A stranger brings music to a Japanese community that has long been at war
Dir/scr: Ikeda Akira. Japan. 2020. 105 mins
The lilting harmony of a Johann Strauss waltz provides a sweet counterpoint to the bitter dissonance of conflict in The Blue Danube. Ikeda Akira’s absurdist, anti-war satire travels a familiar path but the dry, deadpan humour and the metronomic precision of the execution yields modest moments of hilarity and poignancy. The lugubrious mien and heavy reliance on repetition still combine to make the film something of an acquired taste.
Ikeda seems to have absorbed a catalogue of influences that stretches from Kubrick to Kaurismaki, Python to Pinter, Joseph Heller and beyond
A Tiger Award winner for Anatomy Of A Paperclip (2013), Ikeda returns to Rotterdam with a droll tale set in Tsuhiramachi, a small village that has been at war for decades. Nobody can remember the cause of the conflict or the exact length of its duration, especially absent-minded Mayor Natsume (Ishibashi Renji) who cannot even recall his own son’s name. Hostiity is fuelled by gossip. “I’ve heard the people on the other side are barbaric,” declares one resident.
It is now universally accepted that each morning at 9am precisely, a group of soldiers will march to the Tatsukawa River, assume their positions and fire volleys of shots at Tawaramachi, another village across the water. The manoeuvre ends nightly at the stroke of 5pm, just like a traditional office job. Soldier Tsuyuki (Maehara Kou) is meticulous in his drab daily routine and observance of his patriotic duties. He is awoken each morning by the sound of a marching band, walks to the amy base, changes out of civilian clothes, serves his community, eats at the same diner every night and sleeps soundly before starting all over again.
It is the arrival of curious, questioning new recruit Mito ( Nakajima Hiroki ) that provokes tiny hairline cracks in the continued acceptance of the status quo. Perceptions change even further when Tsuyuki is transferred to the marching band. He heads to the shoreline to practice the trumpet with a plaintive rendition of The Blue Danube. When there is a response from across the water it becomes clear that perhaps not all is at it seems.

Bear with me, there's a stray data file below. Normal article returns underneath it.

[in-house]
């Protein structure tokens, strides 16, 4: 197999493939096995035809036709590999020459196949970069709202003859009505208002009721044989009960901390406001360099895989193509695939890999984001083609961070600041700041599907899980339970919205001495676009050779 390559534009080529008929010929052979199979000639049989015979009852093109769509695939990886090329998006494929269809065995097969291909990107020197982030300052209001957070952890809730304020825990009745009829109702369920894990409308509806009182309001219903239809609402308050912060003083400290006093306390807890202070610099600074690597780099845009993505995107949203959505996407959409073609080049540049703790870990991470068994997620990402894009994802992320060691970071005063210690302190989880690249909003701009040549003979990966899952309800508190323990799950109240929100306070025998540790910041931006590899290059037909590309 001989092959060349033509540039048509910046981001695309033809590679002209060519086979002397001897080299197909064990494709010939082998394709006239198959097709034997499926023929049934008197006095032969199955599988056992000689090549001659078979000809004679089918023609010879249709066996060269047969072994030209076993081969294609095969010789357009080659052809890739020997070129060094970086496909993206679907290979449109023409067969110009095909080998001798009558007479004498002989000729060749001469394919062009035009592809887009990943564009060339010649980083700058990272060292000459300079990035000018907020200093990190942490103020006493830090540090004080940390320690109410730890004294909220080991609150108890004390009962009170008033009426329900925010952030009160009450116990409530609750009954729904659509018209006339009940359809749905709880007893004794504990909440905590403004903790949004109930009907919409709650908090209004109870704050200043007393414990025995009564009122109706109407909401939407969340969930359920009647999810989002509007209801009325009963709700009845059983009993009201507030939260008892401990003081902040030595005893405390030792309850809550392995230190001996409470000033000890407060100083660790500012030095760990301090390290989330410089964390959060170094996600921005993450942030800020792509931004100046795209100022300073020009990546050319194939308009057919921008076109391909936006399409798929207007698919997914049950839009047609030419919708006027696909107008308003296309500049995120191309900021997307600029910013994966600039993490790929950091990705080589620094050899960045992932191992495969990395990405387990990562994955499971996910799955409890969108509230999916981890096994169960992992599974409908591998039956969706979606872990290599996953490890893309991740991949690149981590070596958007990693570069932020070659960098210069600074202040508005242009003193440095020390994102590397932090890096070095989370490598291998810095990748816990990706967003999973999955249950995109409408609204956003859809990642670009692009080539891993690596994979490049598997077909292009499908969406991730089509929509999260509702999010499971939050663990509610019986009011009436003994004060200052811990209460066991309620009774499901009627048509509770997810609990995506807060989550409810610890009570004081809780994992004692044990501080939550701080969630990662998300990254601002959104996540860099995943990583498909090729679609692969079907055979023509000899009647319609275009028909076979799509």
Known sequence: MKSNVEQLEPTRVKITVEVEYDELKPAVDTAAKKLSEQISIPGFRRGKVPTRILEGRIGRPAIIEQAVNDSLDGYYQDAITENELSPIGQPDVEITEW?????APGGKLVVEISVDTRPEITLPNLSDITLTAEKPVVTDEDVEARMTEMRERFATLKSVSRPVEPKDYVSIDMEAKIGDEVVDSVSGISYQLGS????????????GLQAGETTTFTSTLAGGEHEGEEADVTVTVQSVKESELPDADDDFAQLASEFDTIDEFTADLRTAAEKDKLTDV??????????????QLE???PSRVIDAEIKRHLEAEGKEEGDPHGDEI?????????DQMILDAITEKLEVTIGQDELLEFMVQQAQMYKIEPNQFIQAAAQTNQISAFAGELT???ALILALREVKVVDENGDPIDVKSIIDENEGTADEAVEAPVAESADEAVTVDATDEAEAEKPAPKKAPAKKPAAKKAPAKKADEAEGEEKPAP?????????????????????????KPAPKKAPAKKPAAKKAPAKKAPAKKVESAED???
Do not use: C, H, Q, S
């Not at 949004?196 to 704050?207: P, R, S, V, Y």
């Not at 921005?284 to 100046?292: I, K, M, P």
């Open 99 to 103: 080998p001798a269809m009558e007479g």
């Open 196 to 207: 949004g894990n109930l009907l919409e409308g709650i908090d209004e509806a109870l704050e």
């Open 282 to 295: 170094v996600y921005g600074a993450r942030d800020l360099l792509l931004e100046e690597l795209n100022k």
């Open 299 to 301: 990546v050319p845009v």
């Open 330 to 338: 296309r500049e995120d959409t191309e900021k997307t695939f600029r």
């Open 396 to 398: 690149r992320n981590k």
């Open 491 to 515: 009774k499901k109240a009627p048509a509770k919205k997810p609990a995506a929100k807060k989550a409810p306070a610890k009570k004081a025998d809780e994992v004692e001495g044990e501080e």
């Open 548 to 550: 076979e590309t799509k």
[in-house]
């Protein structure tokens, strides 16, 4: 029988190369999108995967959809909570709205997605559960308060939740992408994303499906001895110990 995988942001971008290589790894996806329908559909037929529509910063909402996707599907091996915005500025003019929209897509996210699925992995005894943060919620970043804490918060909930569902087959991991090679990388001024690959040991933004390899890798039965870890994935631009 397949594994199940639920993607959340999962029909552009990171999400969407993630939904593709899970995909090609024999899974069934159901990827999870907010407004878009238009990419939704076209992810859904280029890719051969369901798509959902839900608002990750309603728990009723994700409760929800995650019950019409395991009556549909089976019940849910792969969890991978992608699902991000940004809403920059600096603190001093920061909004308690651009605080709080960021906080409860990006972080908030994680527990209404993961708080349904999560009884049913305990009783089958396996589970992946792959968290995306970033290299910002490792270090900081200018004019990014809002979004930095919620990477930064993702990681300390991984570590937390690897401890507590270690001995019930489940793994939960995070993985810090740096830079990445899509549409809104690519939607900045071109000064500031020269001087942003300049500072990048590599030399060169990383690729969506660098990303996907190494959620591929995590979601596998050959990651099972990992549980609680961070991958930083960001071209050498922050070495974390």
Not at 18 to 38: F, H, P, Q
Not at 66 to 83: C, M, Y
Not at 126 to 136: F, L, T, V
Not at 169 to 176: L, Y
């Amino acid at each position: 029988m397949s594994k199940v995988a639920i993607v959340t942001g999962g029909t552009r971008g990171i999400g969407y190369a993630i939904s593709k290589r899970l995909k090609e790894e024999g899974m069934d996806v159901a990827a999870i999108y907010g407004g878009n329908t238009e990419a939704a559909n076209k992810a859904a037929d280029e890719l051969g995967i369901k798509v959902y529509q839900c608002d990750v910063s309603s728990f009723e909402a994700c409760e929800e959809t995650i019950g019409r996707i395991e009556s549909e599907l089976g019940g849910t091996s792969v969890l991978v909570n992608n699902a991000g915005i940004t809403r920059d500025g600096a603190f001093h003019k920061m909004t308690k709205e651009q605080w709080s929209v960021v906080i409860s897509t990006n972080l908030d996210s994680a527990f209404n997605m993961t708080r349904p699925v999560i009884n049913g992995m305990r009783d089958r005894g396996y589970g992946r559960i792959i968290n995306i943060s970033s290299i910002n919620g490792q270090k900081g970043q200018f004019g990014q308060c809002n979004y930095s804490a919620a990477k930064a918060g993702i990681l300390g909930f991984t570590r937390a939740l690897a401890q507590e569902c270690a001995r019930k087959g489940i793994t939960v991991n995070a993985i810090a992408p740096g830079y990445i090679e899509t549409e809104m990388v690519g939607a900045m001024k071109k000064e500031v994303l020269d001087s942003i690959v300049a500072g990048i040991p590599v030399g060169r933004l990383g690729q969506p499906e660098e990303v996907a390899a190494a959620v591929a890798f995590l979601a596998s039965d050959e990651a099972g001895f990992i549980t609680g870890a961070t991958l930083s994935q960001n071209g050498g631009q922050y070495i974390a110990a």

Ikeda seems to have absorbed a catalogue of influences that stretches from Kubrick to Kaurismaki, Python to Pinter, Joseph Heller and beyond. The dialogue is terse and clipped, poker faces give little away and characters march in single file like automatons. All the elements are very precisely calibrated as the director highlights the absurdity of senseless bureaucracy, meaningless conflict and blind obedience to a lost cause. The comedy is verbal and visual; conversations become skirmishes with no end in sight, one oft-repeated running gag revolves around the addition and subtraction of rice from serving bowls, one military commander vents his frustrations by relentlessly kicking his victims in the backside.
Cinematographer Ikeda Naoya gives the film a polished look whether in the cramped, shadowy interiors or the poetic sunsets by the river. The performances are always game, especially a scene-stealing Karagiri Hairi who seems to be channelling the late Cloris Leachman as the manic diner owner Shiroko.
Sincere in his intentions, Ikeda has a passion for repetition that can works an idea or a joke into the ground. The result is an uneven film that exasperates as much as it appeals.
Production companies: VIPO (Visual Industry Promotion Organization), Culture Entertainment, Bitters End
International sales: Bitters End firstname.lastname@example.org
Producer: Honma Hideyuki
Cinematography: Ikeda Naoya
Production design: Kando Satoshi
Editing: Ikeda Akira
Music: Kamimura Shuhei
Main cast: Maehara Kou, Konno Hiroki, Nakajima Hiroki